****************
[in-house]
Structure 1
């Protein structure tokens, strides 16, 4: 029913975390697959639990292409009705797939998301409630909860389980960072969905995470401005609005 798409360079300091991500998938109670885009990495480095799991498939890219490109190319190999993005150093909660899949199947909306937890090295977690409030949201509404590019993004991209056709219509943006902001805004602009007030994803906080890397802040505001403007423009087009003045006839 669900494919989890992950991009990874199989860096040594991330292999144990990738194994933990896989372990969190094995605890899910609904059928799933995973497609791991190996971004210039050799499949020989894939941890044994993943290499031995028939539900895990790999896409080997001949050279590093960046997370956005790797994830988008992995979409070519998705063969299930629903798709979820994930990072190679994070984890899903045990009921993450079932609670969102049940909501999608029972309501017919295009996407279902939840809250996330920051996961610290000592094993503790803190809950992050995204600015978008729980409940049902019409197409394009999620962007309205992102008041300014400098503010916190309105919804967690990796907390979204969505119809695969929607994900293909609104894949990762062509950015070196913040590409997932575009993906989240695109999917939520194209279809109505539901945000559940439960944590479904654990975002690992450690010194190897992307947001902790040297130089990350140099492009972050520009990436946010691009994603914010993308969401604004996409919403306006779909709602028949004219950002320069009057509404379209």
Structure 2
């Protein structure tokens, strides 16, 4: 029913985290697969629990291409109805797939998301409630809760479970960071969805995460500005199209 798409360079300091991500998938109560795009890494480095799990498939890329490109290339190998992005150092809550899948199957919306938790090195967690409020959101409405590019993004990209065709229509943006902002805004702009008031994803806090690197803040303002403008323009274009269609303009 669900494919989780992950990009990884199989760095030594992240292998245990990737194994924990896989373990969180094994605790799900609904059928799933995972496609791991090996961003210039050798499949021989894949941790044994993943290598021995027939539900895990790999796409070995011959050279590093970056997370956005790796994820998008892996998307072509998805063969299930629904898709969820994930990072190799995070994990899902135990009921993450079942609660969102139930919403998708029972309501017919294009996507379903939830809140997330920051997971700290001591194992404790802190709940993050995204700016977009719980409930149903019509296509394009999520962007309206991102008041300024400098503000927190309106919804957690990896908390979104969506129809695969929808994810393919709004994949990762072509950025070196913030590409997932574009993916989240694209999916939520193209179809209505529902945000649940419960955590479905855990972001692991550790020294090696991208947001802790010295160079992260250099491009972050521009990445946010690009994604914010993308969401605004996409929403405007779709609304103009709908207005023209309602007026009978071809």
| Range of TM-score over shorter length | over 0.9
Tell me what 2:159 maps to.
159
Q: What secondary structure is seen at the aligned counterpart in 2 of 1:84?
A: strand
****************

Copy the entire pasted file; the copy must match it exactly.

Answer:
[in-house]
Structure 1
């Protein structure tokens, strides 16, 4: 029913975390697959639990292409009705797939998301409630909860389980960072969905995470401005609005 798409360079300091991500998938109670885009990495480095799991498939890219490109190319190999993005150093909660899949199947909306937890090295977690409030949201509404590019993004991209056709219509943006902001805004602009007030994803906080890397802040505001403007423009087009003045006839 669900494919989890992950991009990874199989860096040594991330292999144990990738194994933990896989372990969190094995605890899910609904059928799933995973497609791991190996971004210039050799499949020989894939941890044994993943290499031995028939539900895990790999896409080997001949050279590093960046997370956005790797994830988008992995979409070519998705063969299930629903798709979820994930990072190679994070984890899903045990009921993450079932609670969102049940909501999608029972309501017919295009996407279902939840809250996330920051996961610290000592094993503790803190809950992050995204600015978008729980409940049902019409197409394009999620962007309205992102008041300014400098503010916190309105919804967690990796907390979204969505119809695969929607994900293909609104894949990762062509950015070196913040590409997932575009993906989240695109999917939520194209279809109505539901945000559940439960944590479904654990975002690992450690010194190897992307947001902790040297130089990350140099492009972050520009990436946010691009994603914010993308969401604004996409919403306006779909709602028949004219950002320069009057509404379209």
Structure 2
């Protein structure tokens, strides 16, 4: 029913985290697969629990291409109805797939998301409630809760479970960071969805995460500005199209 798409360079300091991500998938109560795009890494480095799990498939890329490109290339190998992005150092809550899948199957919306938790090195967690409020959101409405590019993004990209065709229509943006902002805004702009008031994803806090690197803040303002403008323009274009269609303009 669900494919989780992950990009990884199989760095030594992240292998245990990737194994924990896989373990969180094994605790799900609904059928799933995972496609791991090996961003210039050798499949021989894949941790044994993943290598021995027939539900895990790999796409070995011959050279590093970056997370956005790796994820998008892996998307072509998805063969299930629904898709969820994930990072190799995070994990899902135990009921993450079942609660969102139930919403998708029972309501017919294009996507379903939830809140997330920051997971700290001591194992404790802190709940993050995204700016977009719980409930149903019509296509394009999520962007309206991102008041300024400098503000927190309106919804957690990896908390979104969506129809695969929808994810393919709004994949990762072509950025070196913030590409997932574009993916989240694209999916939520193209179809209505529902945000649940419960955590479905855990972001692991550790020294090696991208947001802790010295160079992260250099491009972050521009990445946010690009994604914010993308969401605004996409929403405007779709609304103009709908207005023209309602007026009978071809």
| Range of TM-score over shorter length | over 0.9
Tell me what 2:159 maps to.
159
Q: What secondary structure is seen at the aligned counterpart in 2 of 1:84?
A: strand